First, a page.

Aug 31, 2022
A leading environmental group on Wednesday condemned the Biden administration's attempt to overturn a court ruling that blocked offshore fracking in public waters off the coast of California.
"It's incredibly disappointing to see the Biden administration doing the oil industry's bidding."
"It's incredibly disappointing to see the Biden administration doing the oil industry's bidding by defending fracking off the California coast," Kristen Monsell, an attorney at the Center for Biological Diversity (CBD), said in a statement. "This contradicts the administration's climate goals because fast-tracking offshore fracking will mean more dirty fossil fuels."
Biden administration officials filed a request Wednesday in the 9th Circuit Court of Appeals seeking an en banc review of a 2018 decision by a Los Angeles district court ordering the Trump administration to stop issuing permits for offshore fracking in federal waters off the California coast.
U.S. District Judge Philip S. Gutierrez found that the Trump administration violated the Endangered Species Act and the Coastal Zone Management Act by allowing fracking in all leased public waters off California. A three-judge panel of the 9th Circuit upheld Gutierrez's ruling in June.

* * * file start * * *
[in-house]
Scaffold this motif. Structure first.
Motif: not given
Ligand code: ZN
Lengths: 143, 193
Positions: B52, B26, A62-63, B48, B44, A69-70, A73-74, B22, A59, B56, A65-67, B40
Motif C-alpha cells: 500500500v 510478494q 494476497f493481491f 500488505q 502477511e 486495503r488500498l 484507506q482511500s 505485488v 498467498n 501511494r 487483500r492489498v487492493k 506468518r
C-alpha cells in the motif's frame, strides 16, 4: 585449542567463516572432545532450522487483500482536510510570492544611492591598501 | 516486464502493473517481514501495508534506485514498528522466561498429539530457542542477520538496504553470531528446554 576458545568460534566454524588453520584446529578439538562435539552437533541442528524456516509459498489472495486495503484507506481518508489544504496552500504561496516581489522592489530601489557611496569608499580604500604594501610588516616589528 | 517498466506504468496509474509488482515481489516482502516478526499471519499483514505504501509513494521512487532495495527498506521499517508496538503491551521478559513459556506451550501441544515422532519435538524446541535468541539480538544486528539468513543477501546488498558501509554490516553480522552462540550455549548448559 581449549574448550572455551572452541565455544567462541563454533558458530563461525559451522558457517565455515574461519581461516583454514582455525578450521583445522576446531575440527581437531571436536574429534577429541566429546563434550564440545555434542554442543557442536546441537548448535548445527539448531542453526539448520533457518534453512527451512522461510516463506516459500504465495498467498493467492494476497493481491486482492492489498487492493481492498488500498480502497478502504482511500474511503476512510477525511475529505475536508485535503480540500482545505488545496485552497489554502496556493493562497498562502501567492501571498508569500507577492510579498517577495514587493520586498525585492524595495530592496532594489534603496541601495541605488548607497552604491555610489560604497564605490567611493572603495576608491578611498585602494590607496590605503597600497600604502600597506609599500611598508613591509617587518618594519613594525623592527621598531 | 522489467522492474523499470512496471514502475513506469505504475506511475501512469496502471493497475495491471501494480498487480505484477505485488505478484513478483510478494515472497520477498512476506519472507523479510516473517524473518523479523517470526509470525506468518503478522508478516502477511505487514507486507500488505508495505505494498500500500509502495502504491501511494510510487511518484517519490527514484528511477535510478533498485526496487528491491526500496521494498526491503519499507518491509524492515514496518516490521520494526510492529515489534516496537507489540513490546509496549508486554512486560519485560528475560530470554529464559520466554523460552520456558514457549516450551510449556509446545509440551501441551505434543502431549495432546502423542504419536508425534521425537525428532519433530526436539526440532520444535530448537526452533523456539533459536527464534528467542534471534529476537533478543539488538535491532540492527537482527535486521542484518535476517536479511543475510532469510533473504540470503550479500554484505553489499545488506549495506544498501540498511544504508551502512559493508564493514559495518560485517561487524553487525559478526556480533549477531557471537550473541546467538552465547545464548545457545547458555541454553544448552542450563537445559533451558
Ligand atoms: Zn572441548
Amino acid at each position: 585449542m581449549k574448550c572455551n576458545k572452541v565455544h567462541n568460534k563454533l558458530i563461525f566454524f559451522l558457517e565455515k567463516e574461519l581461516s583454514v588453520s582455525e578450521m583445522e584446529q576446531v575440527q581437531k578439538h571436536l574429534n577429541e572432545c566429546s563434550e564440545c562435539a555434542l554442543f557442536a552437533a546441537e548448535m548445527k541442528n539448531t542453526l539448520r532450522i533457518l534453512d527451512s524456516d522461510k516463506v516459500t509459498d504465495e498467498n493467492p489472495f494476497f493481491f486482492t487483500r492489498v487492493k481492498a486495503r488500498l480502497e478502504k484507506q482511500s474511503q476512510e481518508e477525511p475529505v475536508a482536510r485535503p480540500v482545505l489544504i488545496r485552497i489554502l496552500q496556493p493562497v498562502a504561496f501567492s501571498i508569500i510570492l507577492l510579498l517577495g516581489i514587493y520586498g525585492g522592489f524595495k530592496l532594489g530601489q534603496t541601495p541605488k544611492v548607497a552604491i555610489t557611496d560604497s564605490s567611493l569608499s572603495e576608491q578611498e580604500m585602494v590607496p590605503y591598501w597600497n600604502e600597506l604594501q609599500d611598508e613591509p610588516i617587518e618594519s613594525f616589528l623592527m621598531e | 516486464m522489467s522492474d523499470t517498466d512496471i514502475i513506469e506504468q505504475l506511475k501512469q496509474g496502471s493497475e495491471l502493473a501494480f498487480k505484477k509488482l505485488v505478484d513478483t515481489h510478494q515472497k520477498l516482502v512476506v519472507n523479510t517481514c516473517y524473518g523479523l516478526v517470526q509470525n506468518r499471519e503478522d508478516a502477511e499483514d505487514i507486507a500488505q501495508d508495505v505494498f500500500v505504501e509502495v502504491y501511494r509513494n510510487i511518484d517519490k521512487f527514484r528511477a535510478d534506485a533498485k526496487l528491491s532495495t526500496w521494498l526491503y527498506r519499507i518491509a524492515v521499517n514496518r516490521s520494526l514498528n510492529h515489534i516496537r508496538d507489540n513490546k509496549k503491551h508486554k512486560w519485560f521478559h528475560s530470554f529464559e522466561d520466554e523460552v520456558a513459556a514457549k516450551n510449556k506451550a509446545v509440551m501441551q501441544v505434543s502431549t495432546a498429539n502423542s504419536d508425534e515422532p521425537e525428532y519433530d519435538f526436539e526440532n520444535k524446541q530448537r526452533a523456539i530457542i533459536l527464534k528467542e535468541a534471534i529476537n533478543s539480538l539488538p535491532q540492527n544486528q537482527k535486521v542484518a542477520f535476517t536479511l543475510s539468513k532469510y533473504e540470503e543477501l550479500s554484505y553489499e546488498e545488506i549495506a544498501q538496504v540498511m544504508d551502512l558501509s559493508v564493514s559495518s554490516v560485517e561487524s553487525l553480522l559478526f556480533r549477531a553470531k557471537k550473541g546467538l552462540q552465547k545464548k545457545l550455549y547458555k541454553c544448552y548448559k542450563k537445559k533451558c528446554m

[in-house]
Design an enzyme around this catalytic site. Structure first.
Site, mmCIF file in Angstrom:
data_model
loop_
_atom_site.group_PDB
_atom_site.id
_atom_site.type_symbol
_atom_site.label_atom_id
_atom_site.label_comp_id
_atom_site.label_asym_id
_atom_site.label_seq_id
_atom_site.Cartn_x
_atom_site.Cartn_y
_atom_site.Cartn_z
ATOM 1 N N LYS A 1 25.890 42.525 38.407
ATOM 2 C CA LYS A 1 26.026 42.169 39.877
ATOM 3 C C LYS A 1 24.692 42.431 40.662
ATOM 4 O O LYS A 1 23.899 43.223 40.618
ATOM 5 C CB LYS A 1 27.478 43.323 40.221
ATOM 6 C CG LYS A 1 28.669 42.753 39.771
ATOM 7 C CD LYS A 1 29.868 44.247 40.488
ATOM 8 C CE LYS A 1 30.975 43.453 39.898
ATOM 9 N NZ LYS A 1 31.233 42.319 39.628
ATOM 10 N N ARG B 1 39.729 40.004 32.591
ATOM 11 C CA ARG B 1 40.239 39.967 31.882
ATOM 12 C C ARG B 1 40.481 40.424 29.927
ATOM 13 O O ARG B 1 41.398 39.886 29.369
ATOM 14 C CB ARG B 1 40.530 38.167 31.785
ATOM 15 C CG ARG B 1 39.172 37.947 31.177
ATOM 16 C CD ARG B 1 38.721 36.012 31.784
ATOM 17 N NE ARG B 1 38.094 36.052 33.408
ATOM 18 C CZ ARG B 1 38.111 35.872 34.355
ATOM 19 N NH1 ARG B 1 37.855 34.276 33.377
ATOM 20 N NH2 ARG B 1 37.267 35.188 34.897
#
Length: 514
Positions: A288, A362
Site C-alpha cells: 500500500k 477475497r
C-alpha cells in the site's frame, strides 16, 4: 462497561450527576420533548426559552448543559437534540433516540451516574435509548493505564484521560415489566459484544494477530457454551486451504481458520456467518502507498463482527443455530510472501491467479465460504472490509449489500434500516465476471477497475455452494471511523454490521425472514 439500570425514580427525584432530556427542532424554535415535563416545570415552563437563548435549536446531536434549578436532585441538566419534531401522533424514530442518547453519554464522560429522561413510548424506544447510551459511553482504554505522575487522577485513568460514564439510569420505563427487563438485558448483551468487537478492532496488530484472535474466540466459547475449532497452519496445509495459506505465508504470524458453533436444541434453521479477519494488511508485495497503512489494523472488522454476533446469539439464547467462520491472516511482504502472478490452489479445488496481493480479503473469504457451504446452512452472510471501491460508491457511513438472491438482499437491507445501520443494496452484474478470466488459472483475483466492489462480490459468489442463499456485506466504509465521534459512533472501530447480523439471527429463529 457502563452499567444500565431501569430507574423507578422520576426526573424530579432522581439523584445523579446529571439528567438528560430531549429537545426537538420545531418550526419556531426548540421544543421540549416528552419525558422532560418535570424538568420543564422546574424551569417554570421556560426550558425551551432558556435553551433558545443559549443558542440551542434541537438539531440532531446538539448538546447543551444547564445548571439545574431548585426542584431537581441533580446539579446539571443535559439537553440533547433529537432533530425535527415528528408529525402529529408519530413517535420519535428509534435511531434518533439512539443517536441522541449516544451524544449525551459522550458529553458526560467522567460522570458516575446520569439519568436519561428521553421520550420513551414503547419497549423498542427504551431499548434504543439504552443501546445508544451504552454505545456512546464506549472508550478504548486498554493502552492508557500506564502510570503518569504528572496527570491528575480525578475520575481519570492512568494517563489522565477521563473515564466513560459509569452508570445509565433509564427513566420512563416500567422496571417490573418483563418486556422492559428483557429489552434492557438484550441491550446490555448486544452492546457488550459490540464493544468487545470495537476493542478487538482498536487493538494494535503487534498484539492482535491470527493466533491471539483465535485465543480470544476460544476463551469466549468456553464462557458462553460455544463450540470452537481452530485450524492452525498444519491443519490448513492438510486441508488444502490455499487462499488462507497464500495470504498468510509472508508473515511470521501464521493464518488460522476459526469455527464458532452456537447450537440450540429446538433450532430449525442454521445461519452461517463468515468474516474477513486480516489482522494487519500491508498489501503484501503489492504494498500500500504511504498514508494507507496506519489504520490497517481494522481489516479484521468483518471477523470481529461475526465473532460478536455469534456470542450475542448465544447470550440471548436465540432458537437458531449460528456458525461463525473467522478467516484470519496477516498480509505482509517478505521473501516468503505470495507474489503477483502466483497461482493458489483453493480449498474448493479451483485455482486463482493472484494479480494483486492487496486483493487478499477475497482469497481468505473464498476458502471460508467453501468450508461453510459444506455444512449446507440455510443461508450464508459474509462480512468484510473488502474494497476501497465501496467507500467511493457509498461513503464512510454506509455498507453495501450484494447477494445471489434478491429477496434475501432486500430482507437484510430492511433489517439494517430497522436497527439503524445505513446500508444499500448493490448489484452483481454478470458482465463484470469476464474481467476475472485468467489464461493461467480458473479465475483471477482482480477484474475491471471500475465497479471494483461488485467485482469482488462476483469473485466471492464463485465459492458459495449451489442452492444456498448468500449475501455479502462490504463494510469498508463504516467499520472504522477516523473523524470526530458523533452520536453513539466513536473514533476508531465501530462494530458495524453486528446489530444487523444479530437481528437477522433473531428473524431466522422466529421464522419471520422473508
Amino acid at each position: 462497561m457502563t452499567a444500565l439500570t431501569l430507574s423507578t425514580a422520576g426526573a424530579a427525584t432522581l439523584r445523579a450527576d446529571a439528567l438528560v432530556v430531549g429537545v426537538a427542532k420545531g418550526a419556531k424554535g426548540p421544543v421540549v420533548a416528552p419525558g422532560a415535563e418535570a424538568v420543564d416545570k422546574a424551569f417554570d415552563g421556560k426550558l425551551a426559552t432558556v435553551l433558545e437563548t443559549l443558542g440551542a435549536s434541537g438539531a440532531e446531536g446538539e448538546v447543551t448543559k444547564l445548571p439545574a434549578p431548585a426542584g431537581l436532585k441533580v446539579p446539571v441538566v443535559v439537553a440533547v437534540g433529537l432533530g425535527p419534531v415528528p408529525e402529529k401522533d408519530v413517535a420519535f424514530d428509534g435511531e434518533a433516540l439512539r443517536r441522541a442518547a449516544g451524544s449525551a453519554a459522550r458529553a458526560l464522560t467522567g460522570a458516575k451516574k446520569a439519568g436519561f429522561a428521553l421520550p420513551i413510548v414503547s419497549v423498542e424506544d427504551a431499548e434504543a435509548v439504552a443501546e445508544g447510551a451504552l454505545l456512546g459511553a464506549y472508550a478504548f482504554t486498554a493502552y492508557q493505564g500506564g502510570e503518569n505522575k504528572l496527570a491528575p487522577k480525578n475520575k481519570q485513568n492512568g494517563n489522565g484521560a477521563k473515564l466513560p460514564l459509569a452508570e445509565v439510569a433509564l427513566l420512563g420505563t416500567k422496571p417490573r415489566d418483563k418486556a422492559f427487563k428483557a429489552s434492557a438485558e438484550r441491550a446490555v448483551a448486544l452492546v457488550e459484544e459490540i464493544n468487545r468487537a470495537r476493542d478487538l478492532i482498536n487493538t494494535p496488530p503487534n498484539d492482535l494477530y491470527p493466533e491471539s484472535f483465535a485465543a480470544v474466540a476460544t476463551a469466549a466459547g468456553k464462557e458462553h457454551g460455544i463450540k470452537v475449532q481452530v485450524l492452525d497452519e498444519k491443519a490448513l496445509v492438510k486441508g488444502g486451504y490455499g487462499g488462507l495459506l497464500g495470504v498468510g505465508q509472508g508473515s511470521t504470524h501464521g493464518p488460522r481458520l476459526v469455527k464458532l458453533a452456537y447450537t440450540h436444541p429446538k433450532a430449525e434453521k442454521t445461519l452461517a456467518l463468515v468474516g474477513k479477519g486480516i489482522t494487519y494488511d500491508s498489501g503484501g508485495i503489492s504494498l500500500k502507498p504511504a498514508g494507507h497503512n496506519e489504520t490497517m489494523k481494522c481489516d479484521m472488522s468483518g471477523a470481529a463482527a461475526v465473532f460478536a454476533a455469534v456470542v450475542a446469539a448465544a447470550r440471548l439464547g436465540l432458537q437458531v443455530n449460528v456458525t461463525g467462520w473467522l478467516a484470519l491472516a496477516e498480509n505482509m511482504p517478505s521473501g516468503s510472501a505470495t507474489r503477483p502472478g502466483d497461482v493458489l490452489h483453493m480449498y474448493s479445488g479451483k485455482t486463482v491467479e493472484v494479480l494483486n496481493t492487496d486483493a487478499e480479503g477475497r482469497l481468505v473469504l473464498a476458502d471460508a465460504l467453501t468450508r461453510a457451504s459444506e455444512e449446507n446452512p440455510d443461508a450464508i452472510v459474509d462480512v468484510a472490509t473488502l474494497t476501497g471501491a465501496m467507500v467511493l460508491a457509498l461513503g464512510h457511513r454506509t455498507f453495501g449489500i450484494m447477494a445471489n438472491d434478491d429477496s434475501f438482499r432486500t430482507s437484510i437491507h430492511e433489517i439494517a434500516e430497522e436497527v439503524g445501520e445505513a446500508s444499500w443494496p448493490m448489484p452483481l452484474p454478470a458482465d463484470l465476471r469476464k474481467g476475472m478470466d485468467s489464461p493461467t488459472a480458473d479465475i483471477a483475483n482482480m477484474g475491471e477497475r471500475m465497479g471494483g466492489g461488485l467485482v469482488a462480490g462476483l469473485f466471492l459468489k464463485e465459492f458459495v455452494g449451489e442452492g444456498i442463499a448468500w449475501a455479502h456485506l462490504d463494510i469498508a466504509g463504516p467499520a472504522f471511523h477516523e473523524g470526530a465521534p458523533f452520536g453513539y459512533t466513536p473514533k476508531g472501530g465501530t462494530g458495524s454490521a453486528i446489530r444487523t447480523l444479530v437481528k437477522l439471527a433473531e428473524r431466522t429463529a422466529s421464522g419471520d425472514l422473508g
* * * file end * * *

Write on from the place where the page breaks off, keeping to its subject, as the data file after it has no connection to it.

"The 9th Circuit's decision was well-reasoned and the right one under the law. We're confident this effort to overturn it will be rejected," said Monsell. "Offshore fracking shouldn't be allowed at all, let alone without a careful, comprehensive analysis of its harmful environmental effects."
According to CBD:
At least 10 fracking chemicals routinely used in offshore fracking could kill or harm a broad variety of marine species, including marine mammals and fish, center scientists have found. The California Council on Science and Technology has identified some common fracking chemicals to be among the most toxic in the world to marine animals.
In other Golden State fracking news, the U.S. Bureau of Land Management on Wednesday agreed to stop auctioning federal fossil fuel leases in central California until the agency completes a supplemental environmental review.
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